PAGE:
Aftermarket and roller type versions are produced to ratios much closer to what is advertised and therefore the cold lash settings as suggested with CRG method would end up with the valvetrain being much too tight when everything warmed up..
I'm sure JohnZ could probably suggest what he considers would be a more appropriate lash for rockers with a real 1.5 ratio, and if I had to guess I would bet it would be close to the .030" the cam was designed and named for..
Randy
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Shooter69z
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« Reply #3 on: February 05, 2013, 09:11:49 AM »

Thanks for the replies. Dutch, in case I'm a little dense Huh You are saying you think the cold method would be OK, just set them at .30? Instead of .26? I'm glad I found this forum lots of knowledge here! Even though I have two Camaro's, a 67 convertable and recently, 6 months ago, aquired a 69Z, I'm still learnming about this Z28.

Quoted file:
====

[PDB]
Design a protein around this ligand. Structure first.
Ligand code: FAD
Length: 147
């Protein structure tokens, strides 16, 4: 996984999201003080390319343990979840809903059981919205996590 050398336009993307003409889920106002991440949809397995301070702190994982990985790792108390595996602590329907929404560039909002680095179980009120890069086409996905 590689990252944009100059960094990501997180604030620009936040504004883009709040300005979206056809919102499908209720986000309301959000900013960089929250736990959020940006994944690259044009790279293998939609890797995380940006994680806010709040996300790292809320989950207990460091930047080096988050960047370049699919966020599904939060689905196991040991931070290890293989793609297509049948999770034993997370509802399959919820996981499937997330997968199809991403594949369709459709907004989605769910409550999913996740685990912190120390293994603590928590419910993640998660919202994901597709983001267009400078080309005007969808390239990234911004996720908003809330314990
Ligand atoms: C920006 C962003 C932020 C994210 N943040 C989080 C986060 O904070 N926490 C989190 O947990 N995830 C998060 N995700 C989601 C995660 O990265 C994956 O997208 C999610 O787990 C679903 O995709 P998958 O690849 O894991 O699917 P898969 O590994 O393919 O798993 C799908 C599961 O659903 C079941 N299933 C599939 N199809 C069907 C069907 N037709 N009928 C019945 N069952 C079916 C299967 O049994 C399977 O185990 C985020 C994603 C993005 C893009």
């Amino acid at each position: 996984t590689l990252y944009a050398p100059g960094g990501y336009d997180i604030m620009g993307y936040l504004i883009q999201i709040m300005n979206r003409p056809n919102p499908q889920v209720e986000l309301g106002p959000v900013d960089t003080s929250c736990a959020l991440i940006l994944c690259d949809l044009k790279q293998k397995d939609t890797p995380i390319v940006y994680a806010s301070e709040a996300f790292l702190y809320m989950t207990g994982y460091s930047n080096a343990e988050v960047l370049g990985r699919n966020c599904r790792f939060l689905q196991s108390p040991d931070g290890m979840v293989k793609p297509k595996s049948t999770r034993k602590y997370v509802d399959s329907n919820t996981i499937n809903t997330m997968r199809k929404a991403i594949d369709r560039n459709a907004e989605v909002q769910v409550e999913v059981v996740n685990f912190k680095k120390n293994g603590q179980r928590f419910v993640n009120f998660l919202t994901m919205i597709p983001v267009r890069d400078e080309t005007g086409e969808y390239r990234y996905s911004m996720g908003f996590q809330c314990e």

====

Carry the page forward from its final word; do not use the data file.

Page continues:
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JohnZ
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« Reply #4 on: February 05, 2013, 01:06:26 PM »

Dutch is correct - the .026" (cold) setting accommodates the 1.37 (closed) to 1.44 (open) ratio variation inherent with the stamped factory rocker arms, as they never reach the 1.5:1 ratio that the original .030' lash was specified for (1.5 times the .020" height of the clearance ramps on the cam lobes).

With more accurate aftermarket roller rockers, set them (hot) at .030" using either the progressive method or the EOIC method (to ensure that the lifter is on the cam's base circle); you can set just one cylinder or all of them, let the engine cool down completely, and measure the ones you set hot. That measurement will tell you what the (cold) lash should be set at from then on.